The CEO of the Wolf Foundation, Dr. Liat Ben David, says: "The selected winners have proven and impressive excellence in the fields of scientific research and artistic practice, which include innovation and a creative and groundbreaking approach. We are happy that for the first time since the prize distribution began, a third of the winners are women, as befits the significant place that women are occupying in the leadership of human excellence in all its forms."

The Wolf Prize is an Israeli prize that has a very prestigious international reputation. In the fields of exact sciences, he is considered the second most important in the world after the Nobel Prize. In the field of arts, the award is considered the most important. Over 33 percent of the Wolf Prize winners were later crowned Nobel Prize winners in the field of exact sciences, which coincide with the two prizes (medicine, physics and chemistry). Among the winners: Prof. Ada Yonat, Prof. Avraham Hershko and Prof. Dan Shechtman.

7 תגובות

  1. As for the politicization of science, I add the pollution of the Israel Prize to the books: "Thank you to Bibi the dictator".

  2. Israel has several management problems 1- The media depends on the government (see the case of Channel 10). 2- The term of office of the Prime Minister should be limited to 2 terms, so that the government does not fall apart every time the Prime Minister does not want to run! In our situation today, the Prime Minister is a weak person who does not resist the temptations of money. And he will not let the Minister of Finance work!

  3. Everyone is afraid of Netanyahu, if you want change - and democracy is built on changes. You have to go vote. Personally, I despise Bibi, because he despises the rule of law and democracy. even though he is not an Israeli citizen).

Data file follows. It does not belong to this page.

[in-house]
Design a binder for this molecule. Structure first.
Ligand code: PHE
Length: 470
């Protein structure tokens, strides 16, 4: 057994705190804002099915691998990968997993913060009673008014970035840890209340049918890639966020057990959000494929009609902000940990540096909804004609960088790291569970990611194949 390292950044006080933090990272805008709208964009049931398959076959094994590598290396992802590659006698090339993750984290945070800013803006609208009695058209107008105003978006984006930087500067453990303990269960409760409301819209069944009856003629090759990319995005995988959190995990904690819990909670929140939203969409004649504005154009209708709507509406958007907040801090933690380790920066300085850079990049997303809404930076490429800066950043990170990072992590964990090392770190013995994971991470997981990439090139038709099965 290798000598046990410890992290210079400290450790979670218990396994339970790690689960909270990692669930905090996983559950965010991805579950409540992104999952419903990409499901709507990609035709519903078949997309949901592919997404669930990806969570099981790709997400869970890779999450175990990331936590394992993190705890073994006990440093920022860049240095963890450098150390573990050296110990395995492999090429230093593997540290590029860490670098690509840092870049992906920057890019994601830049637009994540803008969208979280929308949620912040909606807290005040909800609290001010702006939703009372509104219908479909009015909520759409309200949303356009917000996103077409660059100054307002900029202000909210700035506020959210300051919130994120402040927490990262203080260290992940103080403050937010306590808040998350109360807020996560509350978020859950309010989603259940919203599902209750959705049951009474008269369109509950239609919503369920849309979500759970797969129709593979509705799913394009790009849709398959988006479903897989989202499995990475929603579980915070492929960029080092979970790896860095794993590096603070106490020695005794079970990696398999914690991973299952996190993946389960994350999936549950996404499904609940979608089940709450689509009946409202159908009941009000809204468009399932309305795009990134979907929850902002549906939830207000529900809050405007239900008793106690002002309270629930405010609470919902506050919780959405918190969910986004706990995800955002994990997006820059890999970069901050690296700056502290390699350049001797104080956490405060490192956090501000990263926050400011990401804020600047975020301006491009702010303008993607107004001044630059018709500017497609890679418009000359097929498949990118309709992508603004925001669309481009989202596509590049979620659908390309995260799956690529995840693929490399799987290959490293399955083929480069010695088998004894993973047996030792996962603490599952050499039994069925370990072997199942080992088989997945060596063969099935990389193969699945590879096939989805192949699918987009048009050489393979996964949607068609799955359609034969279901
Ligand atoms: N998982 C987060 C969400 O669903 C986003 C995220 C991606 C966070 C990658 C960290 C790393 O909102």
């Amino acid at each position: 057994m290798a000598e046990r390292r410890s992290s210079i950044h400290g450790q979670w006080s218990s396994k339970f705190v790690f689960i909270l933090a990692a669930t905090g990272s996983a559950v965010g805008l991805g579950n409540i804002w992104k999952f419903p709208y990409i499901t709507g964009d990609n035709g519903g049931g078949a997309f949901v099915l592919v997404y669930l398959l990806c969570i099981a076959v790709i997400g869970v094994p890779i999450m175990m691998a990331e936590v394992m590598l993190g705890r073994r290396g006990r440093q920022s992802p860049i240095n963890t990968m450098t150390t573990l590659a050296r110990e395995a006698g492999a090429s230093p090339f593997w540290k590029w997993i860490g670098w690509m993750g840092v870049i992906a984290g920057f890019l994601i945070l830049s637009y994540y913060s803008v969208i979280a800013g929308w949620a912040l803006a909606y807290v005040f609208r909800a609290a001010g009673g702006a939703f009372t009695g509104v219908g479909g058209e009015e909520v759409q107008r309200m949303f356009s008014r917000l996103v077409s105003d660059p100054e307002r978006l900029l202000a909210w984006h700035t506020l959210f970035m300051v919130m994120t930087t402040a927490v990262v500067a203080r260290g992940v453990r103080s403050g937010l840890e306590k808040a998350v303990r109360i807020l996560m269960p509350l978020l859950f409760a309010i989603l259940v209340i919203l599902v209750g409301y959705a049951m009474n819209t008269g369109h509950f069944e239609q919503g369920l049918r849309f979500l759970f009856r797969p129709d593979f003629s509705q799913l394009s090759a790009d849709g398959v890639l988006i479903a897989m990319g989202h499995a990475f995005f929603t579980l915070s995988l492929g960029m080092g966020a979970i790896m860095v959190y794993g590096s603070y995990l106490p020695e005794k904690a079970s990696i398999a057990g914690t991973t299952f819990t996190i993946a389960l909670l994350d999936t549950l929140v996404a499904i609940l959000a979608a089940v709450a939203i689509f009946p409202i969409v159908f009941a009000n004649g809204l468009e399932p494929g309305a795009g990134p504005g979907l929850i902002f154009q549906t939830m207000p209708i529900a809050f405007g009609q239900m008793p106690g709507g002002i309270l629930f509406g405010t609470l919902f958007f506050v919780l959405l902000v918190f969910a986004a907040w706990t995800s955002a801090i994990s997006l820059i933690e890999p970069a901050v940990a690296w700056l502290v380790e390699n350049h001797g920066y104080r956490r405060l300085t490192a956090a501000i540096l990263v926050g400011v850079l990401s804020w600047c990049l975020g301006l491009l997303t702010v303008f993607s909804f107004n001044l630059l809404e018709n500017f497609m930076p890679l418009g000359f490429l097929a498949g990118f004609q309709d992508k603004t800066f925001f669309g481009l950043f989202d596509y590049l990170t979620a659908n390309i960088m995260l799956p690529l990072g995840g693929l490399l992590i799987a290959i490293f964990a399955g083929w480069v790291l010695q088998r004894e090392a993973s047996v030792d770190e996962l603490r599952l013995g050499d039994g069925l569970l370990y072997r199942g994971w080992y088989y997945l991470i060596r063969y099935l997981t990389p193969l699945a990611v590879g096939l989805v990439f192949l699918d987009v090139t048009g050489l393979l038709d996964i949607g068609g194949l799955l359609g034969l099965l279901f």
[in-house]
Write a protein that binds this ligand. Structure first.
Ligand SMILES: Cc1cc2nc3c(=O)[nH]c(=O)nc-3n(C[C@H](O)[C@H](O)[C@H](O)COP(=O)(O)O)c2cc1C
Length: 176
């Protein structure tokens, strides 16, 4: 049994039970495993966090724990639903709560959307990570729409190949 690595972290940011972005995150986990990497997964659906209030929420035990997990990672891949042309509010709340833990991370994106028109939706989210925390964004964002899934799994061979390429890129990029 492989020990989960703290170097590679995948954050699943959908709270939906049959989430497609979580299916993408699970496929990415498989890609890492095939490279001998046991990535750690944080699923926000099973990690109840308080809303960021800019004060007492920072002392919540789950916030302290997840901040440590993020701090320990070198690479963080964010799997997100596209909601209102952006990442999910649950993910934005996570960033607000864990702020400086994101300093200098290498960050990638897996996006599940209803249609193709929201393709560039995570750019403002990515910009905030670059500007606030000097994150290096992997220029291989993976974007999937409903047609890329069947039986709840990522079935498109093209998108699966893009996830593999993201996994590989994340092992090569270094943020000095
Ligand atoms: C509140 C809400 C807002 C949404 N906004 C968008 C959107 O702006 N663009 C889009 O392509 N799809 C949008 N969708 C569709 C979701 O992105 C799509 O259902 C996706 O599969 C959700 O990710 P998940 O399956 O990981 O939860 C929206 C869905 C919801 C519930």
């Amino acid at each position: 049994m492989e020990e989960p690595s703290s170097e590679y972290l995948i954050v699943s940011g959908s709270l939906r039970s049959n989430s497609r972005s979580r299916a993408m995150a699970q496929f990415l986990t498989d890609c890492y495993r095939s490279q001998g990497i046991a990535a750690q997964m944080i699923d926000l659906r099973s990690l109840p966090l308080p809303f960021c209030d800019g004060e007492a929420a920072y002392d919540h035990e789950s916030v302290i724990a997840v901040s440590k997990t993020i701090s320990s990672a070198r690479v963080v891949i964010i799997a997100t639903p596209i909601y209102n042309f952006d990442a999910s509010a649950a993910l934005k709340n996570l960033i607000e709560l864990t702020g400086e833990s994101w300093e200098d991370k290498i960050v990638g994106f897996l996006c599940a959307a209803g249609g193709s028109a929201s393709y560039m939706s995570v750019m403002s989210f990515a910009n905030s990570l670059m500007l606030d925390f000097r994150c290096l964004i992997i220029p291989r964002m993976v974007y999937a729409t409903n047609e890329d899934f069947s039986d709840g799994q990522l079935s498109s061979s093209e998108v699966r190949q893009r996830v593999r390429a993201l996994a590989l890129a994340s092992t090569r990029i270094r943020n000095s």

4. If Israel was a willing country, it would invest in science and welfare. Thus, it could absorb a million immigrants from Europe and America. Demographic problems were not a dramatic issue, and Judea and Samaria could have been happily annexed.

  5. Science in Idoni: "Today, the research institute in Mitzpe Ramon is full of work. Research into complex materials, more efficient fuels for rockets and satellites, water purification and desalination, new batteries and nuclear-based batteries, serum vaccines and medicines. It all started with the initiative of one of Israel's elite scientists, and the mayor of Mitzpe Ramon. The beginning was humble, with the help of the Ministry for the Development of the Negev and the Galilee, a technology incubator was established. The Jewish danger helped in absorbing scientists from abroad, and "Kel" helped with the physical structures.

  6. To Mr. Shechtman,
    You can found a research institute (say in Arad). And strengthen Israel's reputation, since the Weizmann Institute receives most of its funding from patents it develops. Because even if you don't award degrees, you can bring Israeli talent to the fore. Your publication and abilities you have, could give you power to perform.